Oguta The Biafran City That Proved A Hard Nut To Crack For Nigeria

There are arguably a few battles during the Biafran war more important than the ones at Oguta – but only a few.

Oguta, is a small lakeside town in south-east Nigeria, and harboured thousands of refugees due to its proximity to the Oguta lake and seafood with its vital protein and nutritional value.

Furthermore, it was a mere 16 kilometres away to Uli airport, Biafra’s last airstrip and only remaining link to the outside world that served as Biafra’s major supply line for arms and relief material, which made recapturing it an existential necessity for the Nigerian Army was well as keeping it liberated by Biafra.

Colonel Emmanuel Nwobosi, chief of staff to Biafran Leader General Chukwuemeka Ojukwu summates it perfectly when he recently said: “If Nigeria got a foothold in Oguta, the airport at Uli, which was our major link to the outside world, would have been in jeopardy. They would have also sent reinforcement by the seaway into Biafra.”

The three clashes between the Nigerian Army and the Biafran in the city were of epic proportion and showed the full fury of then, Africa’s most vicious civil war.

Ever since the early stages of the Nigerian Civil War, both sides had been fighting for control of the Imo State and to the Nigerian Army Oguta was critical as it was a gateway from the water. Especially so as many roads into Biafra from Nigerian-controlled cities were purposely destroyed by Biafran Army Engineers to delay attacks by the Nigerian army.

The Nigerian Air force pounded Oguta from the air forcing the citizens to hide in the bush during the day and brave returning at night but still they could not dislodge neither them. or their army. Then they tried something else. They invaded Oguta by land and sea and tried to swing down and take the airport by land. Their attack was meticulously planned and enough forces assembled. The Federal troops were so confident of their victory that they brought their wives, girlfriends and hundreds of cows en tow.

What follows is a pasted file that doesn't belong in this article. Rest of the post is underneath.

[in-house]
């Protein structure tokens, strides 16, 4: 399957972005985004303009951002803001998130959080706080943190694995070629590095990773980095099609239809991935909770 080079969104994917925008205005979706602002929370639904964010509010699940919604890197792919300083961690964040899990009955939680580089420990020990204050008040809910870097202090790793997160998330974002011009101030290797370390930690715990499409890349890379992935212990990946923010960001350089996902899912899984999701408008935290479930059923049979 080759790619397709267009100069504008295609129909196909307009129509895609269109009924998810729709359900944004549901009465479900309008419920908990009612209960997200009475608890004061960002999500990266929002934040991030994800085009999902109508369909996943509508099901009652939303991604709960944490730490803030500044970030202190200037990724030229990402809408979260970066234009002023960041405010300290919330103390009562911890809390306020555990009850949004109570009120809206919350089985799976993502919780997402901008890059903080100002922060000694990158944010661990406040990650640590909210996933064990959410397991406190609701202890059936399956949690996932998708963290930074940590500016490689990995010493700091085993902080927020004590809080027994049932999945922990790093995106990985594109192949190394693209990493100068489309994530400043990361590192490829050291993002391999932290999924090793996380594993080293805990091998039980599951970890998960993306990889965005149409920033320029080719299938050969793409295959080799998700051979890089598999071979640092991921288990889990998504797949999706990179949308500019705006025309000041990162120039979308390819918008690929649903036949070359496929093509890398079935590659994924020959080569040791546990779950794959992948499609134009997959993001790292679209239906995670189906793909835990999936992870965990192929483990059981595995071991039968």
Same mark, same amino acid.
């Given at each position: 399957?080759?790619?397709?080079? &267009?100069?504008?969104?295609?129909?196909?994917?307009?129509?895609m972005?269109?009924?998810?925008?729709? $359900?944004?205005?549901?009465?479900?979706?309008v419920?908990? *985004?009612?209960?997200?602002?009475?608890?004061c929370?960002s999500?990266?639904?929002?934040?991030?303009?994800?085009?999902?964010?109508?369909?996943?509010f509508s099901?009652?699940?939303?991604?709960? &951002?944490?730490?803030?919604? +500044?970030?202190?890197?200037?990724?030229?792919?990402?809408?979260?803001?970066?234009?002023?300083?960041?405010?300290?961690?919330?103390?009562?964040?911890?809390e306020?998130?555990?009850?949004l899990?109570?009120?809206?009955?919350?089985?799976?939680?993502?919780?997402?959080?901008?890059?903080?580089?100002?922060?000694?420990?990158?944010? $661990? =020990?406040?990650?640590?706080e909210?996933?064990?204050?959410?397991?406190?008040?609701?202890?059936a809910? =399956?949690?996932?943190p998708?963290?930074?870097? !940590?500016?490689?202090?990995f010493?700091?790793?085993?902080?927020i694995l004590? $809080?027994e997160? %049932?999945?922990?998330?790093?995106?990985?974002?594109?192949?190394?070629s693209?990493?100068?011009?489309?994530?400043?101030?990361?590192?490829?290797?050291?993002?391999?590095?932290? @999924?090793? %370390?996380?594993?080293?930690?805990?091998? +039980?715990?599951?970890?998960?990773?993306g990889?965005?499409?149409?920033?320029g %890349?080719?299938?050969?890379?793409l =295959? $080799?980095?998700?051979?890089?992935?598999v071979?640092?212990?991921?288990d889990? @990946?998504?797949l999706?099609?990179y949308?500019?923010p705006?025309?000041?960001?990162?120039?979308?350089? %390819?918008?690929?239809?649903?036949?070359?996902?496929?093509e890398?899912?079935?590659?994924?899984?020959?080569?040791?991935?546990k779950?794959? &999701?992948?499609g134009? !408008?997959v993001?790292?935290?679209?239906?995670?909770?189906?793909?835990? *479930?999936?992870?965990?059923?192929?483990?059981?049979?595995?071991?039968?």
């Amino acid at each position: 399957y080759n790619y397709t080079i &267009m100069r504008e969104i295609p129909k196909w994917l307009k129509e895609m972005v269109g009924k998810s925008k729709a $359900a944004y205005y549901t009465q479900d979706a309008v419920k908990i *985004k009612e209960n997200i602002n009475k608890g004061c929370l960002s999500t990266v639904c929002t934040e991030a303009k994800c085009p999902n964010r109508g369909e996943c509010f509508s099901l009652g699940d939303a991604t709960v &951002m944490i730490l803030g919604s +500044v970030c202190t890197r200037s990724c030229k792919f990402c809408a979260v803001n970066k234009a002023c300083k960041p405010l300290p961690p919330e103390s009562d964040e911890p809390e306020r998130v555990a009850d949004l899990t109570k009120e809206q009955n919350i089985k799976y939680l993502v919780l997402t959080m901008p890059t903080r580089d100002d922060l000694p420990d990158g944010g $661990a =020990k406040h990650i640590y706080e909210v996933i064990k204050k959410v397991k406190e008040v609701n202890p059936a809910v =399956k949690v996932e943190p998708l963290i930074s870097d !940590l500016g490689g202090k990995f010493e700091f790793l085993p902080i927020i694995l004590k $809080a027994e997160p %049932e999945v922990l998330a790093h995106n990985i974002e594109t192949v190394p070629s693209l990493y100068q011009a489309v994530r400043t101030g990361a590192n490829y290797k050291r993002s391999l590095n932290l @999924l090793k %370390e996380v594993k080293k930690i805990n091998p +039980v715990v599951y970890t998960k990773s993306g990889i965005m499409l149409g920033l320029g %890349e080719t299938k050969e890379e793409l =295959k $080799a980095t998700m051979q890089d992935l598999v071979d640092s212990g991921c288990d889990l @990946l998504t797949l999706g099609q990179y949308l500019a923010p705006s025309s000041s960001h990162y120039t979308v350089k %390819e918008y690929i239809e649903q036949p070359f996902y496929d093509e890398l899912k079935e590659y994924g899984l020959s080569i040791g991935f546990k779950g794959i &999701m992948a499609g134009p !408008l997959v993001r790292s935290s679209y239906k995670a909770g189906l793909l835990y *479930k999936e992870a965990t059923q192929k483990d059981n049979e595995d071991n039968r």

The Oguta Tiger allegedly manned by Ojukwu himself during Oguta I was a modified Panard is now at the War Museum in Umuahia.

In the subsequent two confrontations that formed that entire battle which lasted for three days, in which Ojukwu led the Biafran forces himself for the first and only time, the Biafrans fought their socks off and the Federals would be routed both on land and sea.

The battle ranks as one of their worst defeats of the war and again Uli would remain the elusive dangling carrot with the Nigerian Marines landing as close as 20 kilometres to it at Oguta II, only to be beaten back leaving countless dead including European advisors dead and bloated in the water for the fish to grow fat on.

Here the Oguta lake goddess Uhammiri aka Ogbuide and her female religious cult are credited with capsizing many of the enemies’ gunboats and making them a spoil of war for the natives Authors Okwuosa L, Okoli A, and Uroko F examine this breathtakingly in their September 2018 publication Mammy Water and Her Oguta Female Religious Cult During the Nigeria-Biafra War.

In mid-1969 Nigerian Head of State Yakubu Gowon ordered a final attack on Oguta and Owerri. Murtala Muhammad and Mohammed Shuwa made their ways towards Oguta. Biafran President Odumegwu Ojukwu countered and ordered Col. Omorowa, Adgara Ike, and Joseph Achuzie to defend the city. Before the arrival of the Nigerians Joseph Hannibal was able to destroy the Port Harcourt – Owerri road and the Owerri – Onitsha road.

They did precisely that..

In late May 1969 Mohammed Shuwa arrived with a large force of men in downtown Oguta. A large gun battle ensued and again the battle ended with the retreat of Shuwa’s men and over 500 dead on both sides.

Then Olusegun Obasanjo arrived with Murtala Muhammad in July 1969 with over 30 tanks and over 10,000 men. Obasanjo’s men surrounded the city and began shelling the city. Over 30% of the city’s population fled with over 2,200 civilians killed or wounded in the crossfire.

Nevertheless, the Biafrans managed to keep Oguta under their control for another 3 months but lost it when Olusegun Obasanjo invaded the city with full force on October 9, 1969.

Even though Oguta was eventually captured by the Nigerians they were still unable to capture either Uli or Owerri until Biafra surrendered to the Nigerians on January 15, 1970.

Source: The Awareness

Published by:
Chibuike John Nebeokike
For: Radio Biafra Media

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